Saturday, September 26, 2009

New Urbanism

New Urbanism is an urban design movement, which promotes walkable neighborhoods that contain a range of housing and job types. It arose in the United States in the early 1980s and continues to reform many aspects of real estate development and urban planning.

New Urbanism is strongly influenced by urban design standards prominent before the rise of the automobile and encompasses principles such as traditional neighborhood design (TND) and transit-oriented development (TOD). It is also closely related to Regionalism and Environmentalism.

The organizing body for New Urbanism is the Congress for the New Urbanism, founded in 1993. Its foundational text is the Charter of the New Urbanism, which says:

“We advocate the restructuring of public policy and development practices to support the following principles: neighborhoods should be diverse in use and population; communities should be designed for the pedestrian and transit as well as the car; cities and towns should be shaped by physically defined and universally accessible public spaces and community institutions; urban places should be framed by architecture and landscape design that celebrate local history, climate, ecology, and building practice.”

New urbanists support regional planning for open space, context-appropriate architecture and planning, and the balanced development of jobs and housing. They believe their strategies can reduce traffic congestion, increase the supply of affordable housing, and rein in urban sprawl. The Charter of the New Urbanism also covers issues such as historic preservation, safe streets, green building, and the redevelopment of brownfield land.

Until the mid 20th century, cities were generally organized into and developed around mixed-use walkable neighborhoods. For most of human history this meant a city that was entirely walkable, although with the development of mass transit the reach of the city extended outward along transit lines, allowing for the growth of new pedestrian communities such as streetcar suburbs. But with the advent of cheap automobiles and favorable government policies, attention began to shift away from cities and towards ways of growth more focused on the needs of the car.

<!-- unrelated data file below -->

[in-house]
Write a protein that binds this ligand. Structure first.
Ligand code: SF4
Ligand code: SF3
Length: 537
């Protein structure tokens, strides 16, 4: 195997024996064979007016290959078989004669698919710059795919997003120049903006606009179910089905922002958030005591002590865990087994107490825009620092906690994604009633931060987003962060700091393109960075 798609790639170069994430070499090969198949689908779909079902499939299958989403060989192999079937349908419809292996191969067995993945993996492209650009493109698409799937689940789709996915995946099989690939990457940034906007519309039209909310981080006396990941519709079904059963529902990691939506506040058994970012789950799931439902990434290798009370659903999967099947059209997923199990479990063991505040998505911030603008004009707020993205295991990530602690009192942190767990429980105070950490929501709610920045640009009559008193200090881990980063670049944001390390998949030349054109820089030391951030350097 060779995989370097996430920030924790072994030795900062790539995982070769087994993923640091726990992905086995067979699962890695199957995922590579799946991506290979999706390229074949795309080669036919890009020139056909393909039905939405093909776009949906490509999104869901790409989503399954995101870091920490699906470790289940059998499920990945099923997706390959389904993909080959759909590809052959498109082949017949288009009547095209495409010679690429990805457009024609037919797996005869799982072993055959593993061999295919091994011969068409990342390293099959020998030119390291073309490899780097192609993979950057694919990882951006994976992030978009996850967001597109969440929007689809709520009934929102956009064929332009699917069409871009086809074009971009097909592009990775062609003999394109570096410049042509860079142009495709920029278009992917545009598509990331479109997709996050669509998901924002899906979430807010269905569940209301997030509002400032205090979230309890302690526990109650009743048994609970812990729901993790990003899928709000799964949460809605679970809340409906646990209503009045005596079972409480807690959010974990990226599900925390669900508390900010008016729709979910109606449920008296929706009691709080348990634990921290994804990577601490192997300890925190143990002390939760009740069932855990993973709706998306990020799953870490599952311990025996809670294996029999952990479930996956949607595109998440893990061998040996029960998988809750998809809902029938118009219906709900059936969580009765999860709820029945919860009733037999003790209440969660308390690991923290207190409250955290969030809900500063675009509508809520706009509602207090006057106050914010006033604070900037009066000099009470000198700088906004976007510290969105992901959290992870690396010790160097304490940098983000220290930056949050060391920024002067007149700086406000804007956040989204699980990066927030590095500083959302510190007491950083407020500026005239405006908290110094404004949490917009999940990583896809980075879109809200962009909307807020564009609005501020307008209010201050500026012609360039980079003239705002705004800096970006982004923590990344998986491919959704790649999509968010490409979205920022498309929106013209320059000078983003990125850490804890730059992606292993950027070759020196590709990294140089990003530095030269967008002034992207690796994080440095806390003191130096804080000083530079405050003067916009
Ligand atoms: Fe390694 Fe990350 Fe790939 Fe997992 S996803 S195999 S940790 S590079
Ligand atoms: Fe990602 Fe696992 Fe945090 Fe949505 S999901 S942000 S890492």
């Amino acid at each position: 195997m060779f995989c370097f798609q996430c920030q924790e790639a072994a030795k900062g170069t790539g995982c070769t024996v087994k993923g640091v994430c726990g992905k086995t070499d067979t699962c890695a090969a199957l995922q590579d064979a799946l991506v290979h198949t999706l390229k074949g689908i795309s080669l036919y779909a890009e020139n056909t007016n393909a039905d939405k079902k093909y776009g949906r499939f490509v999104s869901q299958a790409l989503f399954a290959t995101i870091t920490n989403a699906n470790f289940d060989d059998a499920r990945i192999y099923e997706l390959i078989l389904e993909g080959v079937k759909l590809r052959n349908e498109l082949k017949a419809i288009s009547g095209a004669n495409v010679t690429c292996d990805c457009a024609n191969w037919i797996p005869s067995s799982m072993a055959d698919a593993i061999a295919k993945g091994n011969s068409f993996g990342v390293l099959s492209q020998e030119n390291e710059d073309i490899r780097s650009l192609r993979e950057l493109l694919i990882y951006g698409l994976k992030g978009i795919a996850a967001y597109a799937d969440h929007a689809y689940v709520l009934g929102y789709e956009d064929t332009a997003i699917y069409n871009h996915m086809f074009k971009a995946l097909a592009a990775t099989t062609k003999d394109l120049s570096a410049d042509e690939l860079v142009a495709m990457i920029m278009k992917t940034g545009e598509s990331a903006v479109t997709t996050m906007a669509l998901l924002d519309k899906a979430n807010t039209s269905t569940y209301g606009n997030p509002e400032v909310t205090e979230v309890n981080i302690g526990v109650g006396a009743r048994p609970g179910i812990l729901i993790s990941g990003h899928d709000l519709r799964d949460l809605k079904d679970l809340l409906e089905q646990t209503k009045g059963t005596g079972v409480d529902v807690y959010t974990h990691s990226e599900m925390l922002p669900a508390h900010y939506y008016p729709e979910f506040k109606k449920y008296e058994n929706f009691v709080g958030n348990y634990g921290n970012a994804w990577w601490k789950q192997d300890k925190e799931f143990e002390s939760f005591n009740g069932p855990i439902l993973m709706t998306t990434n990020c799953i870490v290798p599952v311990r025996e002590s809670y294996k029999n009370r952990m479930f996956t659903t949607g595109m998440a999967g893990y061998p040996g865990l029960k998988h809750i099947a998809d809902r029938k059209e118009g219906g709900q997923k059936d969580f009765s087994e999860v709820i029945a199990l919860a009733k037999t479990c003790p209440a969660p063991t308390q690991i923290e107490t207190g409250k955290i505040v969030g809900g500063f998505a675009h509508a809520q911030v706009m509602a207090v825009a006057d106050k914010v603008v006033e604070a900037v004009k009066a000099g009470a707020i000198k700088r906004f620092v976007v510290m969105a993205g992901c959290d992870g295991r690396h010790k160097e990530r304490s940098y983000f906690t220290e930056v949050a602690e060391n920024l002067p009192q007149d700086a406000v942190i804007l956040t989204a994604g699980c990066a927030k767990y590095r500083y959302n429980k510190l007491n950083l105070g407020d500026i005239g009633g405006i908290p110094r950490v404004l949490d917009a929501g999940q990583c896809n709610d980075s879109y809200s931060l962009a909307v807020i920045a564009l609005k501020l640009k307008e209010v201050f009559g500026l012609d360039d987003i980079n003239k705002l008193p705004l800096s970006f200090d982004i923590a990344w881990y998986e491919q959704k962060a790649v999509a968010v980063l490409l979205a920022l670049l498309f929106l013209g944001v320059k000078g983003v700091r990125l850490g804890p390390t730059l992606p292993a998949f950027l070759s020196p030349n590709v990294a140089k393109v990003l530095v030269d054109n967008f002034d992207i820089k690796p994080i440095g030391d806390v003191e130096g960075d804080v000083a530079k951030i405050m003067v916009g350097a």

This new system of development, with its rigorous separation of uses, became known as "conventional suburban development" or pejoratively as urban sprawl, arose after World War II. The majority of U.S. citizens now live in suburban communities built in the last fifty years, and automobile use per capita has soared.

In 1991, the Local Government Commission, a private nonprofit group in Sacramento, California, invited architects Peter Calthorpe, Michael Corbett, Andrés Duany, Elizabeth Moule, Elizabeth Plater-Zyberk, Stefanos Polyzoides, and Daniel Solomon to develop a set of community principles for land use planning. Named the Ahwahnee Principles (after Yosemite National Park's Ahwahnee Hotel), the commission presented the principles to about one hundred government officials in the fall of 1991, at its first Yosemite Conference for Local Elected Officials.

Calthorpe, Duany, Moule, Plater-Zyberk, Polyzoides, and Solomon founded the Chicago-based Congress for the New Urbanism in 1993. The CNU has grown to more than 3,000 members, and is the leading international organization promoting new urbanist design principles. It holds annual Congresses in various U.S. cities.

New Urbanism is a broad movement that spans a number of different disciplines and geographic scales. And while the conventional approach to growth remains dominant, New Urbanist principles have become increasingly influential in the fields of planning, architecture, and public policy.

The principles of New Urbanism are:

1. Walkability

  • Most things within a 10-minute walk of home and work